4.5.1 Brand Name

As with the current framework, it is proposed that labels may include a brand name on a voluntary basis in addition to the product name. A brand means any distinctive mark or trade name, apart from the name of the feed, applied by the manufacturer or registrant to a feed to distinguish it from another feed. Brand names must not deceive or mislead a purchaser with respect to the feeds usefulness or composition. The brand may not be likely to be confused with a brand already applied to a feed.

4.5.2 Additional Guarantees

Under the current framework, any guarantees that are not required on the label of a feed must be approved by pre-market registration. It is proposed that additional guarantees be allowed on labels provided they are accurate, reflective of the contents of the product and would be considered useful to the purchaser. In addition, all guarantees must be verifiable. If a method for verification of the guarantee in a feed matrix is not publically available the company must supply their method upon request to the CFIA or anyone else who requests it. If the CFIA determines that the company supplied method is not appropriate the company must remove the voluntary guarantee until issues with the methodology can be resolved.

4.5.3 Best Before or Expiry Dates

It is proposed that for feeds which do not require a "best before" or "expiry" date, one may be indicated on the label on a voluntary basis. If a date of manufacture is indicated on the label, then the best before date can be indicated as X days after the date of manufacture. Companies would be responsible for determining an appropriate best before date for their product, and must supply information to support it upon request. In the case where multiple ingredients with different best before dates are used in the manufacture of a mixed feed, the best before date expiring first should be used in determining the best before date of the final product.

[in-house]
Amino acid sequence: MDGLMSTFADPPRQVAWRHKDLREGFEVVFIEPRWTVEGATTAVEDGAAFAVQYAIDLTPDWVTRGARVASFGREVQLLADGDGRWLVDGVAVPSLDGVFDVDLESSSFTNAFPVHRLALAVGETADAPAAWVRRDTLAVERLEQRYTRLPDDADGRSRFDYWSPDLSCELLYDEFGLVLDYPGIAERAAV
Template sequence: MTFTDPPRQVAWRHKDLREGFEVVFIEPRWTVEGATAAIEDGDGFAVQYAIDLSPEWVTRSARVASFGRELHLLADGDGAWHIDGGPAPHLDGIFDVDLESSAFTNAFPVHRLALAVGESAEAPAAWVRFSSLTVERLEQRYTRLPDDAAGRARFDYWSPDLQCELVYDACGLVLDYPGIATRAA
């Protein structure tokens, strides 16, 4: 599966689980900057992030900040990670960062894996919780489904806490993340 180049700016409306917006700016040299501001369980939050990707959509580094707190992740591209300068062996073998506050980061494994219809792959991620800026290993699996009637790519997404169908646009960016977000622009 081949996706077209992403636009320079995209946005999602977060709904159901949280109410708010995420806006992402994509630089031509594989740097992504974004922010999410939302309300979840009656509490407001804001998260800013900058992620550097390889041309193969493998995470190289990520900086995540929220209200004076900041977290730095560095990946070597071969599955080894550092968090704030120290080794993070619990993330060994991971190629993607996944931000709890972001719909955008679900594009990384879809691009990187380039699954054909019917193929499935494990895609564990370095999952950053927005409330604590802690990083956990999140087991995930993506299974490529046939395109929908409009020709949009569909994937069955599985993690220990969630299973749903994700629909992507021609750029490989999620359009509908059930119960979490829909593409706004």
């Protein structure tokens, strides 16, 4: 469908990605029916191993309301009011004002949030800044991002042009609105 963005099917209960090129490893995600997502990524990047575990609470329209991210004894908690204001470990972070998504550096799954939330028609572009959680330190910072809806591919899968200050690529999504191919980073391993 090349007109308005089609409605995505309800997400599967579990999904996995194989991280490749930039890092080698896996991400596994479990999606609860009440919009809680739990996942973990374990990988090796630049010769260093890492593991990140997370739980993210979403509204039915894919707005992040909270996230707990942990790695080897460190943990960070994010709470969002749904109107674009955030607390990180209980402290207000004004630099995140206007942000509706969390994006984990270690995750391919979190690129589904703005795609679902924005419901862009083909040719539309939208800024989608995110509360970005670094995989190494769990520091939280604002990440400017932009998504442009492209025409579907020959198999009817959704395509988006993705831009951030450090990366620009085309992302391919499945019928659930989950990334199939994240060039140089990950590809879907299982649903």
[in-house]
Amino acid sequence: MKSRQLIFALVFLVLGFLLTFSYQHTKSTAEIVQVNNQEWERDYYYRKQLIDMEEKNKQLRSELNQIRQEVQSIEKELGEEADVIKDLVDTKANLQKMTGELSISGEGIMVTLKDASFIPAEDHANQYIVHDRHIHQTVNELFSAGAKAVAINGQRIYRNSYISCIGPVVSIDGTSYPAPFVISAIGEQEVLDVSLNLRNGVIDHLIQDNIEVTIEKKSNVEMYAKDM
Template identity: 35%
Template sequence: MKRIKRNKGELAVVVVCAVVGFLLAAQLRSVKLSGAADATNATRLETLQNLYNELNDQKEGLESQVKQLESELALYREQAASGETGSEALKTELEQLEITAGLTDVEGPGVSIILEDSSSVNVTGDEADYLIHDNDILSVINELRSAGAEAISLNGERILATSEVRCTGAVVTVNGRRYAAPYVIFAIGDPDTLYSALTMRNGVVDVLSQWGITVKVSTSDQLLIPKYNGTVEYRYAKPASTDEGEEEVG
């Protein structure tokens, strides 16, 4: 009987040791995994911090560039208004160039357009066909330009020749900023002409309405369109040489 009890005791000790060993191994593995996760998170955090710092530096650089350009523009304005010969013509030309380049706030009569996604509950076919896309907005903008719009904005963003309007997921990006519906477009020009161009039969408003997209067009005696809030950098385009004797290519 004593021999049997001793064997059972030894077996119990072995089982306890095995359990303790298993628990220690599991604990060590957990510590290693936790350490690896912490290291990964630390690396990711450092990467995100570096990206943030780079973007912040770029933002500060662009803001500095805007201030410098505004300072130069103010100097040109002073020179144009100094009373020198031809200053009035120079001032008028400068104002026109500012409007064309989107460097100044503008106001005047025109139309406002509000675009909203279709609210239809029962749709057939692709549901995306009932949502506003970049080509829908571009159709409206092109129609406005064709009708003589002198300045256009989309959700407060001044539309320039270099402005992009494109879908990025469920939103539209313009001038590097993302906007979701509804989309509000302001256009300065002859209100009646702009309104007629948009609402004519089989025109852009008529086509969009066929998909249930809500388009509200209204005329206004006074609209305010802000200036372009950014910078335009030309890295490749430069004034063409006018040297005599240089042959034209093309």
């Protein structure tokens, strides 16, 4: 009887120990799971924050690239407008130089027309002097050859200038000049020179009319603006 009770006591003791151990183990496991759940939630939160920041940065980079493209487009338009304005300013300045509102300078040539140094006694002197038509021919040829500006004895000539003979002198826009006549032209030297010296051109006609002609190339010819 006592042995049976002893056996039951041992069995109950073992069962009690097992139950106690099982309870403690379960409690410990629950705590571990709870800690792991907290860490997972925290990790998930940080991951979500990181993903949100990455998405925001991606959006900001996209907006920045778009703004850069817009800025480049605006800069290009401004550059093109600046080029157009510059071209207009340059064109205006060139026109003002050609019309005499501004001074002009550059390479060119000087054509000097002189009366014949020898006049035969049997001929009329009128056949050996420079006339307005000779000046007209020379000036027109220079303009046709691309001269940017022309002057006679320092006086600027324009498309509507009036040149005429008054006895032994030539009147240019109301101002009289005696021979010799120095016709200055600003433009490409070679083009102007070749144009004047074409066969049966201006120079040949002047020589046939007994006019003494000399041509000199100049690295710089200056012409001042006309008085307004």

4.5.4 Other Voluntary Information

It is also proposed that labels may contain other information on a voluntary basis without requiring pre-market approval of the information; however it must be truthful, not misleading and verifiable. In addition, it must be in compliance with the other labelling standards and requirements. If information on labels is found that does not meet these standards during post-market monitoring it must be removed from the label.

Have your say:

The CFIA is seeking comments on the proposed voluntary labelling requirements.

5 Summary

5.1 Proposal Synopsis

The proposed changes to the labelling requirements for feed are one part of the overall approach to modernizing Canada's Feeds Regulations. Comments and feedback on the proposal, from stakeholders and other interested parties will contribute to the development of regulations that are flexible, effective, and in step with current technologies, feed and livestock production systems and markets. Stakeholders are encouraged to provide written feedback on both the components that they support and those which they are not in agreement with.

5.2 Next Steps

Feedback obtained during this consultation will be combined with feedback from the other three modules. A summary document, which will integrate the information from the four separate modules will be published following the individual consultations. This summary document will outline the overall proposed feed framework and will provide an additional opportunity for stakeholder input and is targeted to be released by the end of 2013. Following the development and publication of the proposed overall framework the CFIA will review its service delivery costs and fees within the Feed Program as part of an Agency-wide User Fee modernization initiative.